Jim Gangle, County Assessor, urged voters to pass the real estate transfer tax. Gangle warned that if the County is out of compliance for state requirements regarding assessment, $1 million in revenue will be lost. Gangle observed that he is a rural resident of the County and has been burglarized three times; thus he appreciates the maintenance of law enforcement. He also noted that the cost of the real estate transfer tax was small when compared to savings from Ballot Measure 5.
Jim Forbes, Executive Director, Looking Glass Youth and Family Services, 72 B Centennial Loop #2, Eugene, stated that social service support from the County was vital in contributing to the safety, health and well being of children, youth and families in Lane County. Forbes expressed deep concern about the possible loss of nine beds at the detention center, stating: 1) This would send a negative message of no sanctions for misbehavior; 2) Looking Glass depends on the Department of Youth Services for backup and; 3) Children in the detention unit are there for the safety of the community and their own well being.
Dean Owens, representing the Center for Community Counseling, reported that his organization coordinates counseling for low income families and receives financial support from the County. For the sake of safety for all citizens, Owens urged passage of the real estate transfer tax.
Charlie Cole, 1245 Inglewood Avenue, Eugene, and Barbara Stoeffler, provided comment, representing Mothers Against Drunk Drivers (MADD). Cole stated that he and Ms. Stoeffler were the victims of drunk drivers. He asserted that funding cuts proposed by the budget would damage investigation and prosecution of drivers found to be intoxicated. Cole warned that if funding support for the prosecution of offenders is cut, progress made to date will be lost. Ms. Stoeffler stated that it is imperative to educate young people and the public about DUII.
Warren Lane, 205 S. 54th, #53, Springfield, pleaded for reinstatement of funds to the County Veterans Service Officer.
Wade Woolard, 4501 Franklin Blvd., Eugene, spoke in favor of continued funding to the Veterans Service Center. Woolard stated that the VFW supports the real estate transfer tax.
Susanne Boling, Box 264, Springfield, representing the Lane County Chapter of Children First for Oregon, stated that the proposed budget cuts will reduce the prenatal program serving most needy families by one-third, including the loss of the only bilingual employee in the program. Additionally, Boling indicated that staff reductions will limit the resources of the maternal child health team, leaving over 150 children and families unserved and unprotected. Boling also noted that cuts in the Skipworth Juvenile Center will release youth who are still at risk and terminate the Victim Offender Resolution program, which provides restitution to victims of juvenile offenders.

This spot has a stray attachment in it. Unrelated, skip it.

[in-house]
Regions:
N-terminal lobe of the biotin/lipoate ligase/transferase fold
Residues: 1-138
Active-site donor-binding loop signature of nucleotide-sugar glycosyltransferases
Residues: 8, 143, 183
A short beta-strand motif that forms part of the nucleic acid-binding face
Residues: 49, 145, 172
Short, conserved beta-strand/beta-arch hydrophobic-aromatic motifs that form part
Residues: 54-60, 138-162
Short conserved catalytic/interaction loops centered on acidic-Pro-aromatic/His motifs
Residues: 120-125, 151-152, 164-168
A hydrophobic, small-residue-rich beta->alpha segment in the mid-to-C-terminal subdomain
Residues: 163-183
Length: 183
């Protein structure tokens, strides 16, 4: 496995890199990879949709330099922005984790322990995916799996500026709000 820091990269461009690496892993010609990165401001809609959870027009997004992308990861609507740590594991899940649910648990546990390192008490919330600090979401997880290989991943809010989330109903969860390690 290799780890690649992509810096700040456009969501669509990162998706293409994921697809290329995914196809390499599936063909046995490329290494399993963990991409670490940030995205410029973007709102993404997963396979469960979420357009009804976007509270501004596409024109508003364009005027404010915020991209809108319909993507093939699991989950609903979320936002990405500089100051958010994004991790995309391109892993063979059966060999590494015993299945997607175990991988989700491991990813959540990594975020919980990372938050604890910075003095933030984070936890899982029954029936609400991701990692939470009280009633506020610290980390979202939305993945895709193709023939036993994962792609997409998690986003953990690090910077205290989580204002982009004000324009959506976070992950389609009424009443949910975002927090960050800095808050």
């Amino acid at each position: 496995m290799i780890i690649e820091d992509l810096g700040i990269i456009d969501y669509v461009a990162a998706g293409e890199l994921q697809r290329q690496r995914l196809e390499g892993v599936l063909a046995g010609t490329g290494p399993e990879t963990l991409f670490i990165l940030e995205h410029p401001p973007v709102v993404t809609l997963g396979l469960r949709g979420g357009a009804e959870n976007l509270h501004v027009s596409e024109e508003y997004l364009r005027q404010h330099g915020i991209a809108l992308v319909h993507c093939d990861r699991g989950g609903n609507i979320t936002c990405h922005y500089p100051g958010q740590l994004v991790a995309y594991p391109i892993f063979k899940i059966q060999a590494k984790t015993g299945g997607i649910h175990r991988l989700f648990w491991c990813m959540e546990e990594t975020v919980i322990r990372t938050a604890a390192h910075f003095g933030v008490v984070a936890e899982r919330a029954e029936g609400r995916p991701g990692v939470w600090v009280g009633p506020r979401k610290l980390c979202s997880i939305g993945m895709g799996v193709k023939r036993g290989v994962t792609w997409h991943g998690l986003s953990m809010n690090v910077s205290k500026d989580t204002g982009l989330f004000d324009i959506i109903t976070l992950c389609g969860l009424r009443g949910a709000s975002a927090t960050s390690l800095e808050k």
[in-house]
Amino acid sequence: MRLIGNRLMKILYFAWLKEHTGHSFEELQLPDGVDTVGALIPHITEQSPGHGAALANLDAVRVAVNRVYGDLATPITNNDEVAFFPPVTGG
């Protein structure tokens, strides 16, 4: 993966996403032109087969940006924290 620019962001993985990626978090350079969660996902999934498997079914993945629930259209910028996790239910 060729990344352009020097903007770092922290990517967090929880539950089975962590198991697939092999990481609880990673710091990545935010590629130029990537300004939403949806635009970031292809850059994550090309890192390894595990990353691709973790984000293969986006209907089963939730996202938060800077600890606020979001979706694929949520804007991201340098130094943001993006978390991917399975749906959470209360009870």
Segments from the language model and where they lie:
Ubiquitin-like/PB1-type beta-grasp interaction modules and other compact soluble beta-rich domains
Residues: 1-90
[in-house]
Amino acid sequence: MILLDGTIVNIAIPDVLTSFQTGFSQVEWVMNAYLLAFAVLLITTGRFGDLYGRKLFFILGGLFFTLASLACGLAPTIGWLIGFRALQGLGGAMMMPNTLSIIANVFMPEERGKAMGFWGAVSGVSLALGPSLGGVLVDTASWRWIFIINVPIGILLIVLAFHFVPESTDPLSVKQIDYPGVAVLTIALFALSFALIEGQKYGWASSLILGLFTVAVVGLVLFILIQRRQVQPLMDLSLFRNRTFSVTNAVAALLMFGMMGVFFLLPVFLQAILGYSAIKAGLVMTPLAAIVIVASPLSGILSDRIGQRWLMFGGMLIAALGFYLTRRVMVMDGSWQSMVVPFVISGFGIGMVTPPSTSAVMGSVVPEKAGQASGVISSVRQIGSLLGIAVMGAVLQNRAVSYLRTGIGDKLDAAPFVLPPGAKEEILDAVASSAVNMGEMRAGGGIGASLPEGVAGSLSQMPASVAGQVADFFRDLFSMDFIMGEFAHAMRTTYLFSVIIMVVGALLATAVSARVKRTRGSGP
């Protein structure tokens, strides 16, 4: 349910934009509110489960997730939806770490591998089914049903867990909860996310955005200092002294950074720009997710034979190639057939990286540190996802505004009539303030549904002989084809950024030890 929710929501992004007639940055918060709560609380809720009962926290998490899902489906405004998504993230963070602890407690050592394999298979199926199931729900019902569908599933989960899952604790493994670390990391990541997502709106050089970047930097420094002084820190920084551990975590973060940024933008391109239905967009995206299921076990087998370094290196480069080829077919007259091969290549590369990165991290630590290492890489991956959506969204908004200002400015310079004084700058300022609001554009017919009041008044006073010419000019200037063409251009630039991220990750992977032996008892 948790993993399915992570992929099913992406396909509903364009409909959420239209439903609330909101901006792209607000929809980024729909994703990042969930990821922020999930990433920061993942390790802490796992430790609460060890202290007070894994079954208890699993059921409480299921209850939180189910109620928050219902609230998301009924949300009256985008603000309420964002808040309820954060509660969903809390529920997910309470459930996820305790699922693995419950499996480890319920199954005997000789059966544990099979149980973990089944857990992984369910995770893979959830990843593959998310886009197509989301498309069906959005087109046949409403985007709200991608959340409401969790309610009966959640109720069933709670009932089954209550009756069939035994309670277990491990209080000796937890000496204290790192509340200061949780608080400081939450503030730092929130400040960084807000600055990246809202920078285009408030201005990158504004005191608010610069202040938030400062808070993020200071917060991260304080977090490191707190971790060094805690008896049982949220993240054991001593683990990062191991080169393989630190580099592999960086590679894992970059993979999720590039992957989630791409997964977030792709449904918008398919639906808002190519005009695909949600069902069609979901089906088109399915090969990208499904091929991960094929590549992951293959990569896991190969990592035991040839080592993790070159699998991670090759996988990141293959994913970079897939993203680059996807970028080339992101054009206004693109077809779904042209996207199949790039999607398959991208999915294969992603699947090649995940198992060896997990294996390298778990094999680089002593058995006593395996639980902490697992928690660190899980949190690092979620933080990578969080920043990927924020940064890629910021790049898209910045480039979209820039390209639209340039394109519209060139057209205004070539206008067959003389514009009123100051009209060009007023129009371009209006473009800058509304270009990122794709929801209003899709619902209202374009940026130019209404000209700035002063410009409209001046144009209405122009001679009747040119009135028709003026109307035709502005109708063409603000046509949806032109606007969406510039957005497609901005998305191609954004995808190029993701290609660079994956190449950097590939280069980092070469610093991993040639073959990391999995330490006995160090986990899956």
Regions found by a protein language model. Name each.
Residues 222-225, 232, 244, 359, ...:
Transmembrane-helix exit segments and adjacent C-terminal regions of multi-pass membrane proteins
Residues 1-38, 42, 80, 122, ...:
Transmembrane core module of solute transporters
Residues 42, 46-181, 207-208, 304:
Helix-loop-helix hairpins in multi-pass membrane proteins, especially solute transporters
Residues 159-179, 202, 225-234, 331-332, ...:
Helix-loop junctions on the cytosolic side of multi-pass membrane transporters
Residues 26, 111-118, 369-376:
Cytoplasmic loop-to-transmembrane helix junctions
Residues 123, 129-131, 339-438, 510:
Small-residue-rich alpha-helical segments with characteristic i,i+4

Hal Norton, 145 S. 15th #1, Springfield, rebuked the Budget Committee for past and proposed budget cuts in the Veterans Service Office.
Ray Broderick, 1375 Corvin, Eugene, stated he was a member of the Lane County Commission on Children and Families, an investigator for the District Attorney's office and a parent. Broderick stated he was addressing his comments to the voters of the county. He declared that deterrents to the abuse of children are in the proposed cuts of the budget.
Bob McManus, Sheriff, highlighted his professional and personal involvement in the community. He noted that all the services provided by the County contribute to its livability. McManus stated that the rise in violent crime is due to a weak criminal justice system which must be nurtured, along with other social services. McManus testified that he urged the County Commissioners to adopt the real estate transfer tax because it is the best source for additional funding. McManus urged voters to pass the measure.
Eliesa Ing, 2345 Warren Street, Eugene, stated she was a student at John F. Kennedy Middle School, and reported on her research into the problem of hunger among children. Ing urged support for Food for Lane County.
Tenille Himmel, 88701 Fisher, Eugene, stated she was a student at John F. Kennedy Middle School, and reported on her interview with a school nurse on the problem of hunger among children. Himmel urged support for Food for Lane County.
Andrew Gudger, 2387 Stansby Way, Eugene, stated he was a student at John F. Kennedy Middle School, and reported on how young people are working on the problem of hunger among children in the community. Gudger urged support for Food for Lane County.